A head-to-head pharmacodynamic study in healthy volunteers examined the ability of both intranasal nalmefene (Opvee) and intranasal naloxone to reverse opioid-induced respiratory depression. 

The study, published in the Journal of Clinical Pharmacology is the first head-to-head comparison examining the effects of 2.7 mg intranasal nalmefene and 4 mg intranasal naloxone on opioid-induced respiratory depression. This study was a part of the Opvee development program and reviewed by the US Food and Drug Administration as part of the approval process.

This study met the primary endpoint by demonstrating that Opvee reversed the respiratory depression produced by remifentanil, a potent synthetic opioid related to fentanyl, within the first five minutes following administration. Both Opvee and intranasal naloxone produced a time-dependent reversal of the opioid-induced respiratory depression 2.5 to 20 minutes post-administration. 

Point estimates favored Opvee, demonstrating non-inferiority and superiority to naloxone. After Opvee administration, subjects’ minute ventilation reached approximately 95% of the pre-opioid baseline within five minutes and maintained this robust reversal through the initial 20-minute monitoring period. 

By contrast, naloxone required 20 minutes to restore respiration to levels equaling those observed five minutes after Opvee. There is an urgent need for rapid-acting reversal agents because synthetic opioids, like fentanyl, impair breathing and reduce oxygen levels to vital organs like the brain more rapidly than other opioids such as morphine and heroin.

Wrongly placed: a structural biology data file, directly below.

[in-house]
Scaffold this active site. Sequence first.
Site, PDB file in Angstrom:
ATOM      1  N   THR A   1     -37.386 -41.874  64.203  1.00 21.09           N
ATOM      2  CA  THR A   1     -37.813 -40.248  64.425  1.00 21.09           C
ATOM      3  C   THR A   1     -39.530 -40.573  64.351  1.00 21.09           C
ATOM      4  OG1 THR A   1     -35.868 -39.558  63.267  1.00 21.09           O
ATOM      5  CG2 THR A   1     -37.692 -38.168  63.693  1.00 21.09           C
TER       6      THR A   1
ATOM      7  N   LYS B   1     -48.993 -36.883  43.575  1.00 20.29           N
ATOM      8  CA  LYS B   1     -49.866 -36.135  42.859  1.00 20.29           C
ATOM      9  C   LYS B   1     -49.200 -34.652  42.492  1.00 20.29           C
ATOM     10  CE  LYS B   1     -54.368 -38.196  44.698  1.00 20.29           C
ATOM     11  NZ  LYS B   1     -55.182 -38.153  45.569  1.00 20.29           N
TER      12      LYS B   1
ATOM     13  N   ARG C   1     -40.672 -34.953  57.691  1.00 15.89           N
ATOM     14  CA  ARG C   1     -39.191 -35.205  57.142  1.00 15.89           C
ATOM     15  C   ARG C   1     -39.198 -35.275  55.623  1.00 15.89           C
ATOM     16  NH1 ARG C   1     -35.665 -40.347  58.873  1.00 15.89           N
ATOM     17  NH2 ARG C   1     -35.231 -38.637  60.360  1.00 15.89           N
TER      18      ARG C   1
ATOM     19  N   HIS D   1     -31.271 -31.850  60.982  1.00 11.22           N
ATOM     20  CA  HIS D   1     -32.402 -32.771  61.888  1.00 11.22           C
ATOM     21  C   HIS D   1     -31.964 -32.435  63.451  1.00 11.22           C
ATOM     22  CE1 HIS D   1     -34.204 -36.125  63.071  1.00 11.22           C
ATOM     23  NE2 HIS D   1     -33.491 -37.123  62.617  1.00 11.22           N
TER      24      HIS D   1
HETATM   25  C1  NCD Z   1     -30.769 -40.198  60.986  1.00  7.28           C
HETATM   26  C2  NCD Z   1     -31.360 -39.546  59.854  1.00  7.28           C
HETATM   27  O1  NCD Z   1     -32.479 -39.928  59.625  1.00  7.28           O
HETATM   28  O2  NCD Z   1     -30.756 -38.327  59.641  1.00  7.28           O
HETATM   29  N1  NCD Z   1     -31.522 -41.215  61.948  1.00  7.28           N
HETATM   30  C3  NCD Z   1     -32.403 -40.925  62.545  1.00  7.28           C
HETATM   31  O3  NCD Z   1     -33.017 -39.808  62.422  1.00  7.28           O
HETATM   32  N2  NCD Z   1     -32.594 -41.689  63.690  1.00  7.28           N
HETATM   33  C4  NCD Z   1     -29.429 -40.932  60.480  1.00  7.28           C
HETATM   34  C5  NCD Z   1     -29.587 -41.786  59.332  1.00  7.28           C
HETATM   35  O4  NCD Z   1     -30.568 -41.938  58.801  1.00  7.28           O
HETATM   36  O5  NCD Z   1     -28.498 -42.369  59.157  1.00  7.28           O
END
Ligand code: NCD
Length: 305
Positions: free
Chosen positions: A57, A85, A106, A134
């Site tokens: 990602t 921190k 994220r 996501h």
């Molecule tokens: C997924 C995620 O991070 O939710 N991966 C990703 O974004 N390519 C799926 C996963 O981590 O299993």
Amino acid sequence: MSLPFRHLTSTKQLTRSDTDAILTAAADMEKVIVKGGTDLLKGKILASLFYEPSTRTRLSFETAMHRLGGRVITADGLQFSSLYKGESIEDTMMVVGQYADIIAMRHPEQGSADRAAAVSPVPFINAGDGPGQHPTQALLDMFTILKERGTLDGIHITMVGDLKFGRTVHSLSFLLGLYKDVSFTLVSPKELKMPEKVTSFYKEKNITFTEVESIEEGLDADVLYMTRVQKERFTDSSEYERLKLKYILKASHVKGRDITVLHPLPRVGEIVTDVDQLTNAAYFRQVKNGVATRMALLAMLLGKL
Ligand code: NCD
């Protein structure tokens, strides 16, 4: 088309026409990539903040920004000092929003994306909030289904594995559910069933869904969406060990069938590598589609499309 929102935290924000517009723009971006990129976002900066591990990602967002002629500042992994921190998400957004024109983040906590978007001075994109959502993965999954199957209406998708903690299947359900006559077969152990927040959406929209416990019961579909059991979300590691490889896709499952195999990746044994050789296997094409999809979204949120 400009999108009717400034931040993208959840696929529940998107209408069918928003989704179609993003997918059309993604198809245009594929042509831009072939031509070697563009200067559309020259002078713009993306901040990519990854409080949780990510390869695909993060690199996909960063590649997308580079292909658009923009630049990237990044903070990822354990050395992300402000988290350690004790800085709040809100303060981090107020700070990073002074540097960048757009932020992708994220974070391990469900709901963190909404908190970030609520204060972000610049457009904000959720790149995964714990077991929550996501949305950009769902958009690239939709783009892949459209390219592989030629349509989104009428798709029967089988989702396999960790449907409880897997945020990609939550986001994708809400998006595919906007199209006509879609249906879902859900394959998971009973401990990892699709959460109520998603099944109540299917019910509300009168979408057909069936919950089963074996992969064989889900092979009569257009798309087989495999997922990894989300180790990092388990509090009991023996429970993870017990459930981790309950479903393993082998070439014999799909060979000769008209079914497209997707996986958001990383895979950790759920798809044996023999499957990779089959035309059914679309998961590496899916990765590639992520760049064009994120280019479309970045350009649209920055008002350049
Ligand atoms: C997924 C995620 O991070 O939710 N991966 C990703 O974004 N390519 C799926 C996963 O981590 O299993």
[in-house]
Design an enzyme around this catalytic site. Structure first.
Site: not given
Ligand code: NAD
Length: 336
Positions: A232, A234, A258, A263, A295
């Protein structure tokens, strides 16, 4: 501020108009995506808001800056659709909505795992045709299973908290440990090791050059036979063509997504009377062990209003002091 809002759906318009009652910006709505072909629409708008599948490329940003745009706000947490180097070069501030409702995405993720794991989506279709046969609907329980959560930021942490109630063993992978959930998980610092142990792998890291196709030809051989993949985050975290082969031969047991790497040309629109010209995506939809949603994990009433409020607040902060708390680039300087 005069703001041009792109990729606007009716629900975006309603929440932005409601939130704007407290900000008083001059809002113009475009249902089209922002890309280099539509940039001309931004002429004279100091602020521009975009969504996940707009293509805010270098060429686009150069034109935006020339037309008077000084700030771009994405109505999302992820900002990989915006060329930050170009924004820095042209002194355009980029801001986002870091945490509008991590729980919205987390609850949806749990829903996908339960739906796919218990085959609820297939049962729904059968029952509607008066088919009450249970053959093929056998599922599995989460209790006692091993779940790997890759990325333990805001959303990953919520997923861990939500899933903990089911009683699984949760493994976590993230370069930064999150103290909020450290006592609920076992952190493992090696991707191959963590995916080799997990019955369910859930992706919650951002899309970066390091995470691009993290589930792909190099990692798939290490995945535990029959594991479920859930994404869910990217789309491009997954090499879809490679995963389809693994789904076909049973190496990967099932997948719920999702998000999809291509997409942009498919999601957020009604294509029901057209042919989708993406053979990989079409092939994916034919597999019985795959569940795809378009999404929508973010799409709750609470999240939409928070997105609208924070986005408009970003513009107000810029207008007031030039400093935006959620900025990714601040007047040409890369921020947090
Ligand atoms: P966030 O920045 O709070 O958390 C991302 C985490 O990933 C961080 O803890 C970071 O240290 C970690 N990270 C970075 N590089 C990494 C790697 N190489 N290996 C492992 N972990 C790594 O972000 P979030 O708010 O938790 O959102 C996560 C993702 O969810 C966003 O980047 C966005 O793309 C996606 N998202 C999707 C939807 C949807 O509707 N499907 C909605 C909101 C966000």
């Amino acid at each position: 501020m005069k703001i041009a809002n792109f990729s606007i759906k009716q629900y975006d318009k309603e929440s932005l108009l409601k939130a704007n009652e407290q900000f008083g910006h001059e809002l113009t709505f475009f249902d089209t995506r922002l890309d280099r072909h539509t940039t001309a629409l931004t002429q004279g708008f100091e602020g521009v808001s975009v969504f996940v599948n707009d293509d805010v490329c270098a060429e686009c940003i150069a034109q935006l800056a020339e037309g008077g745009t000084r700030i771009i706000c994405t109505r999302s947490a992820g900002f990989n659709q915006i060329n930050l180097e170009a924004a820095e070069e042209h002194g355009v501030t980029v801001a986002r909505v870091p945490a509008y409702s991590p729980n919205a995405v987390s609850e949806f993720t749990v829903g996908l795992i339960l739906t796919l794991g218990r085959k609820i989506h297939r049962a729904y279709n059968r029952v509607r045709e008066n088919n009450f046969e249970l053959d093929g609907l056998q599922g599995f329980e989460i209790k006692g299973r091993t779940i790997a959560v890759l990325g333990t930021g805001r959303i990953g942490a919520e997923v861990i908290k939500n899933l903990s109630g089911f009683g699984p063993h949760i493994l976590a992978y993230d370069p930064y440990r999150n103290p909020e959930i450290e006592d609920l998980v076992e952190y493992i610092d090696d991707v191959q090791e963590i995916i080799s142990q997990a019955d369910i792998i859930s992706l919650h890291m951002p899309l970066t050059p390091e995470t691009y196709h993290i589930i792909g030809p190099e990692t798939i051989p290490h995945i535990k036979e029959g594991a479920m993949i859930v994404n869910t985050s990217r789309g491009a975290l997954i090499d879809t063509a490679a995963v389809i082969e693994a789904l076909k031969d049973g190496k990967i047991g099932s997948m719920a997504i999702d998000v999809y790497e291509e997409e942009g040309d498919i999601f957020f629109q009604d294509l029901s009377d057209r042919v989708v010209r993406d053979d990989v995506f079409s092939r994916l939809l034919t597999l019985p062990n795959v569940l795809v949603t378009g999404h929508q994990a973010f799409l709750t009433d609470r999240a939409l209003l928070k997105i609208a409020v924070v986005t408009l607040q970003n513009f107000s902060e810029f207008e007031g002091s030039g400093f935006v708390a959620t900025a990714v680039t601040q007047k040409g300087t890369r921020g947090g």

“While both reverse the effects of remifentanil-induced respiratory depression, this pharmacodynamic study provides important insights about the time course of reversal for both drugs,” says Christian Heidbreder, PhD, chief scientific officer of Indivior, manufacturer of Opvee. “The first few minutes following an overdose—particularly with very potent and fast-acting synthetic opioids like fentanyl—are critical for a successful rescue. Opvee reverses the respiratory depression rapidly in this model, making it a valuable tool for combating the synthetic opioid overdose crisis we’re facing as a nation.”

Adverse events occurred in 91.8% of subjects following Opvee and 86.7% of subjects following intranasal naloxone. The authors conclude that the adverse events observed in this study are most likely related to remifentanil and hypercapnic experimental conditions used and not the drugs under investigation. The most common adverse events were headache (59% following Opvee and 58.3% following intranasal naloxone), nausea (39.3% and 41.7%), vomiting (11.5% and 23.3%), and dizziness (18.0% and 21.7%). Adverse events were mild or moderate, with no subjects reporting a serious adverse event.

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